Category Archives: Tips

Advantages and Disadvantages of Forming an LLC

1. Limited Liability

The most popular reason people form an LLC is to protect their personal assets. LLCs ensure that, legally, you are not held personally responsible for the debts and liabilities as a result of the company’s business. This avoids personal litigation, seizure of personal property, and bankruptcy.

2. Less Paperwork

Paperwork for this type of company is not as demanding as, for example, incorporated businesses. An LLC can be formed by filing articles of organization and submitting a fee to the state but does not require filing annual reports, creating management bylaws, and other administrative work required when incorporating a business.

3. Tax Flexibility

Though the guidelines for running an LLC differ from other types of companies, they can be taxed as a sole proprietorship, partnership, or corporation. There is more flexibility on how the business is classified when it comes to taxes since an LLC is not recognized by the IRS as a taxing entity.

1. Self-Employment Taxes

If you choose not to tax your LLC as a corporation, it is considered a pass-through business and the taxes are passed through to the owners. This means that the net income is divided equally between owners and each owner will pay that share’s tax on their personal income tax return. In some cases, LLC owners may end up paying more taxes than corporation owners would since profits are taxed instead of salaries.

2. Limited Life

In some states, the departure of a partner may force an LLC to dissolve. Ownership of an LLC is harder to transfer than that of a corporation since there are no shares of stock that can be sold and altering ownership must be approved by existing LLC members. If members do not buy the departing partner’s interests at fair market value, the LLC may be dissolved.

3. Confusion About Roles

Single-member LLC ownership is straightforward since one member has all decision-making power, however, multiple-member LLCs can be more complicated. Without clear guidelines of the rights and responsibilities of company members in the Operating Agreement, disagreements can quickly arise.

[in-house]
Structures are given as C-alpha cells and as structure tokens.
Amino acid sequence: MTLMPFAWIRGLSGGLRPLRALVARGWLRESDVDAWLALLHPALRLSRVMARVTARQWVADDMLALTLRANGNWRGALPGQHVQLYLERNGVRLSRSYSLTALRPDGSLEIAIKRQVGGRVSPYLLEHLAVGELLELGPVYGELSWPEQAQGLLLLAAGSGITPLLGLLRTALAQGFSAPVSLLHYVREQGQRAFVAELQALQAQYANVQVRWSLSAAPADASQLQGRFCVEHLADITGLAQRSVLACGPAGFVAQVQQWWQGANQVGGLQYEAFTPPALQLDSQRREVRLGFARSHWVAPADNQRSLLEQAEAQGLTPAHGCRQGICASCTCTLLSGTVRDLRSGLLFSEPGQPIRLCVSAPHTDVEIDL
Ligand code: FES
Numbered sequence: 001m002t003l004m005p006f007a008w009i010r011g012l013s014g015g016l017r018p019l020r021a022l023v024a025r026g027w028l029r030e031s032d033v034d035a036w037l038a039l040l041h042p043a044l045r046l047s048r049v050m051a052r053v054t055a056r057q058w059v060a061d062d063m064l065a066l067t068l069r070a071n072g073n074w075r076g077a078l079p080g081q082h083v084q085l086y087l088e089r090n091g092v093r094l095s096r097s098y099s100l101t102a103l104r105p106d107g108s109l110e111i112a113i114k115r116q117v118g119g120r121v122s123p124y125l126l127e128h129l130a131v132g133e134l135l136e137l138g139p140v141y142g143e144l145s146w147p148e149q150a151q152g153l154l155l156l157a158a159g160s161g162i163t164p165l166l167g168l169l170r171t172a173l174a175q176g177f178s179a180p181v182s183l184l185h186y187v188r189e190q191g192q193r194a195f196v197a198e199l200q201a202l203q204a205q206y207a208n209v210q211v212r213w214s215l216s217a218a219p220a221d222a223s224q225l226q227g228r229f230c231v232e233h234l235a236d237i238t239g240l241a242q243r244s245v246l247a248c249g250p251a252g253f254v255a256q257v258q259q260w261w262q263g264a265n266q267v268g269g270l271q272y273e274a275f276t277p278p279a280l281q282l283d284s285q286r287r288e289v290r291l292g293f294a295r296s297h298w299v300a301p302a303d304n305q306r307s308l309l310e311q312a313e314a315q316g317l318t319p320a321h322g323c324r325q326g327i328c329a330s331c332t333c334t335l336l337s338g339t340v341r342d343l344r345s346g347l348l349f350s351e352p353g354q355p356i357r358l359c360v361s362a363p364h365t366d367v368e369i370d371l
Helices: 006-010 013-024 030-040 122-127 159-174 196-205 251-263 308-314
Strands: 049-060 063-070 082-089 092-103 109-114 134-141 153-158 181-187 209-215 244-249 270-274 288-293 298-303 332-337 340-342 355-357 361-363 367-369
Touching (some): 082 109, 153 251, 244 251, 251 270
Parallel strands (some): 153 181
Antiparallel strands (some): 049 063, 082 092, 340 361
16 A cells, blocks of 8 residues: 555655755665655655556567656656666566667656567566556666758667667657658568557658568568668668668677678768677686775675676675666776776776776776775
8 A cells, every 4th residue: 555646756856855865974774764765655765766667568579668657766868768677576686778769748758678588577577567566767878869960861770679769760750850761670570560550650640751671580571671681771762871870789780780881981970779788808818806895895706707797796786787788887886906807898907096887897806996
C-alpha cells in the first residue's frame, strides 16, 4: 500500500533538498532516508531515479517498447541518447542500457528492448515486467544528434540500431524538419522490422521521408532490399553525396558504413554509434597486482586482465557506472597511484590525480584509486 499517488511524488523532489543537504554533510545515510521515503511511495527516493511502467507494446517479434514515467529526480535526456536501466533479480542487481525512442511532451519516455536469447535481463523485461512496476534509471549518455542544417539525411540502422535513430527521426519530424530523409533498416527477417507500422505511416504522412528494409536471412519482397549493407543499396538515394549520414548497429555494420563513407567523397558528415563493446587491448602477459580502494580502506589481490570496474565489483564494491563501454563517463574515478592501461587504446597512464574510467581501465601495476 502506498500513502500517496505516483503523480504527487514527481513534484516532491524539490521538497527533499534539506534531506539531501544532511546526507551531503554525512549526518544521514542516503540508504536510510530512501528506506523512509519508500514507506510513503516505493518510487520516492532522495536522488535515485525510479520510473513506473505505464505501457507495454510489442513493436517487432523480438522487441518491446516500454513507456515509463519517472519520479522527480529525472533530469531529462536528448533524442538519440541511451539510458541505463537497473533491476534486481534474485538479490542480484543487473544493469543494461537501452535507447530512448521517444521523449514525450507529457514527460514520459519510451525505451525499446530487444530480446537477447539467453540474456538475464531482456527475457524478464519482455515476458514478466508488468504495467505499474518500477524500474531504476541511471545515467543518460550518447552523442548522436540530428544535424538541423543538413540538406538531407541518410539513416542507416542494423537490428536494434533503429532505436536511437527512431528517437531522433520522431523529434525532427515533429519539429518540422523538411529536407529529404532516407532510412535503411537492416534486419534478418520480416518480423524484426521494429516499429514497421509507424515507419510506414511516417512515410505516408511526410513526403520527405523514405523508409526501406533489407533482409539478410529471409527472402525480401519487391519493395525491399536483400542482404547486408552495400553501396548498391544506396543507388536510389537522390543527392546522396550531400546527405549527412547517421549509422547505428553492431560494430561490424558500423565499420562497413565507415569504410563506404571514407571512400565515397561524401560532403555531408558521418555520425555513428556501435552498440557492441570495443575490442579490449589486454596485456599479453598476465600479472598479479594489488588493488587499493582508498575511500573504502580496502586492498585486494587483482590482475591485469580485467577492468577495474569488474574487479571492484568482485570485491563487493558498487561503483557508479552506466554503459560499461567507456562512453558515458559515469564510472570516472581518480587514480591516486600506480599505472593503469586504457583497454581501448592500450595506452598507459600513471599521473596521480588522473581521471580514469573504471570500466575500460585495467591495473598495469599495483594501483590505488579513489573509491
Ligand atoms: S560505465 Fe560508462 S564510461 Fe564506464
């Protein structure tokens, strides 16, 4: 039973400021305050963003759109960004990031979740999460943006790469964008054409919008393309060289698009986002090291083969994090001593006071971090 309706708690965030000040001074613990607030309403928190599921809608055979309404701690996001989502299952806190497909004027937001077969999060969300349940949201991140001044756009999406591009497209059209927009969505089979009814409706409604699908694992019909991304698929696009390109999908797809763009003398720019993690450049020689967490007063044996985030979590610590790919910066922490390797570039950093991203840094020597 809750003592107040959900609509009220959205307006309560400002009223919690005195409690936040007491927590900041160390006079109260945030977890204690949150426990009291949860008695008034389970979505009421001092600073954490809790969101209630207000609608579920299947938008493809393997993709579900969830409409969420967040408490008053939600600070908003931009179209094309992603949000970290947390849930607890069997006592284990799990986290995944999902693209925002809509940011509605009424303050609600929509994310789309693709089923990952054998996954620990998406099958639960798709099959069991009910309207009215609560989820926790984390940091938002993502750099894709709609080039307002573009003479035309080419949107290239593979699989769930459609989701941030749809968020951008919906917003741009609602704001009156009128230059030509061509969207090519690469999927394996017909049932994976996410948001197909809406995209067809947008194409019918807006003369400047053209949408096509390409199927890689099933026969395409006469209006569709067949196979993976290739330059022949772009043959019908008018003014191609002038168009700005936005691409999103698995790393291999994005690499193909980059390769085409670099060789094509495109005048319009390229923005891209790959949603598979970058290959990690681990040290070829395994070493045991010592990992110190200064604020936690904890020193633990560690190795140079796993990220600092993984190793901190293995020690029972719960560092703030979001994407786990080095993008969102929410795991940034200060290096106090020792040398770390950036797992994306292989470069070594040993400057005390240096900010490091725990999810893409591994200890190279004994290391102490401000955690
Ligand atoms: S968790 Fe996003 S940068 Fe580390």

Whether deciding to categorize your company as an LLC or incorporating, Simply Counted can help you get started. Our strategic business consulting can advise on the formation of a new business, while our CFO and accounting services will assist long-term to ensure that your day-to-day operations run smoothly and efficiently so that you can focus on what makes your company unique.

3 Reasons to Incorporate Your Business

When starting a new business, one of the first decisions to make is whether to form your company as a sole proprietorship, partnership, Limited Liability Company (LLC) or incorporating a business. Incorporating an existing business brings up other questions of when, why and how. There are advantages and disadvantages to each type, but the benefits of incorporating your business should play a key role in your decision-making process. Here are the top 3 reasons to incorporate your business:

3 Reasons to Incorporate Your Business Infographic

1. Protecting Your Personal Assets

When you incorporate your business, it creates a separation between your personal assets and the assets of your company. Reducing this liability means things like your home, vehicles, and personal savings will be protected.

2. Save On Your Taxes